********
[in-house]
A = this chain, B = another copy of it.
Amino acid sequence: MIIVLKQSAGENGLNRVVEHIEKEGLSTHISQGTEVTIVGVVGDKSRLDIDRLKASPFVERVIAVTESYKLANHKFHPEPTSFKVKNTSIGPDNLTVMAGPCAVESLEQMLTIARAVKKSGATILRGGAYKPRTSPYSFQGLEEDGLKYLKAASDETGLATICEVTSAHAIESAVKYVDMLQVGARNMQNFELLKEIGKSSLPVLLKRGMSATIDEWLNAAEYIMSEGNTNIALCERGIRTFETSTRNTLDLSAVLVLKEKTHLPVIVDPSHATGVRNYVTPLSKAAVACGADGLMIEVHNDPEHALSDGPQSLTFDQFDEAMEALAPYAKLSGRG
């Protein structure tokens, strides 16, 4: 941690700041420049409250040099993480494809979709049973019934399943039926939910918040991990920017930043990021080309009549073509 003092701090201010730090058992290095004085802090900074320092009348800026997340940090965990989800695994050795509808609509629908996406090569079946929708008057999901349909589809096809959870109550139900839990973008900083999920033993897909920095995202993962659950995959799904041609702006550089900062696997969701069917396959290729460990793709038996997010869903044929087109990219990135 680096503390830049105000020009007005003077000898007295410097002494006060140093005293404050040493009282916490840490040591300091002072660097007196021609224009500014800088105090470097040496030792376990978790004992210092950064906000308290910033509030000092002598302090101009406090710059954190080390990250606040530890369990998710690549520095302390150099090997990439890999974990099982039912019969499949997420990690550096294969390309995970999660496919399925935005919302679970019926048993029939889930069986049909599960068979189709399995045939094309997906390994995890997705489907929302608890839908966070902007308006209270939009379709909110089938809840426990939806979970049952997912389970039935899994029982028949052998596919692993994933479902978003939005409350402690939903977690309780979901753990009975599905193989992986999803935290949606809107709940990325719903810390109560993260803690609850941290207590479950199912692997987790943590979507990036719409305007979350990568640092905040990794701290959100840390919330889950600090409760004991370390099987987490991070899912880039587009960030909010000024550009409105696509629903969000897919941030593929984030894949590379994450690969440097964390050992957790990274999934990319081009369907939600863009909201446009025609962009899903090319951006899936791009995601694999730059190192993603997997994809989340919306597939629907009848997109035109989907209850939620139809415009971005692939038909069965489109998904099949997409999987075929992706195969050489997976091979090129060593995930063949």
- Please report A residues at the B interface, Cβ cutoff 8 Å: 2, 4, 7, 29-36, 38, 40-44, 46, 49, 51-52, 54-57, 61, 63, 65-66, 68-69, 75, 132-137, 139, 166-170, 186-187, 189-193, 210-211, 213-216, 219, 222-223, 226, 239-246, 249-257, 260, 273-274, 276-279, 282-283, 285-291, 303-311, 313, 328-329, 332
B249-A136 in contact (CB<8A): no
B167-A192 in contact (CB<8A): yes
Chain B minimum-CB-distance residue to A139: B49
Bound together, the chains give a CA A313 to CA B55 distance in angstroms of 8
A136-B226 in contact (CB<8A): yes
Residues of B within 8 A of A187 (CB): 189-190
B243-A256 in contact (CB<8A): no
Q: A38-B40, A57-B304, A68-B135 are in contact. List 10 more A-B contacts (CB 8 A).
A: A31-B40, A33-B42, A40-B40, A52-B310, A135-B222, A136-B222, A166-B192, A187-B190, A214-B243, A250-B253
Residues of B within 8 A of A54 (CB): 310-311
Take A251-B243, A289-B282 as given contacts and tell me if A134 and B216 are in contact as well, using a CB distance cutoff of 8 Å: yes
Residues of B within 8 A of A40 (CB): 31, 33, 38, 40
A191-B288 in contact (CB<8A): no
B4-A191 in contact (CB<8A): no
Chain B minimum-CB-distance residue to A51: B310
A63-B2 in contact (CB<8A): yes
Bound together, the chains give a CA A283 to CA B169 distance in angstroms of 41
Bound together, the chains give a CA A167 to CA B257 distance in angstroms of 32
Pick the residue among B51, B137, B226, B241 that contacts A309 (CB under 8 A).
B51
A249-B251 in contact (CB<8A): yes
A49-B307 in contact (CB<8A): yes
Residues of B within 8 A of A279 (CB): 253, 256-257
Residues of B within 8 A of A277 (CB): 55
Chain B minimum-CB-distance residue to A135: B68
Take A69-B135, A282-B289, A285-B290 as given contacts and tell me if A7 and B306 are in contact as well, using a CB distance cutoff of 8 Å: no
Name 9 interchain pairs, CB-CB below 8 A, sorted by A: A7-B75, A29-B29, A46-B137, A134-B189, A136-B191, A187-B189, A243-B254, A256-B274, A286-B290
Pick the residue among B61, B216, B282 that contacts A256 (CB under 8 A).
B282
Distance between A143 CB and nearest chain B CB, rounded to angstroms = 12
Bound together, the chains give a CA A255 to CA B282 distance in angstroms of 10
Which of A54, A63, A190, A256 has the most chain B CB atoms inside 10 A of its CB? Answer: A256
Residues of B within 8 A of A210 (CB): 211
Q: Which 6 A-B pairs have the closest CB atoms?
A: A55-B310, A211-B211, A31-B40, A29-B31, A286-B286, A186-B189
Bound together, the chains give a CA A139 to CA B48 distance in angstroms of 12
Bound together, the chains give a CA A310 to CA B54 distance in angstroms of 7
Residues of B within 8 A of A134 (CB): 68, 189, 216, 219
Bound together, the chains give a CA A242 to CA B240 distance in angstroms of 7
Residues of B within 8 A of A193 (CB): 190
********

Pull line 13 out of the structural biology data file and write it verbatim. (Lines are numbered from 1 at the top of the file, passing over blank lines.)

Q: A38-B40, A57-B304, A68-B135 are in contact. List 10 more A-B contacts (CB 8 A).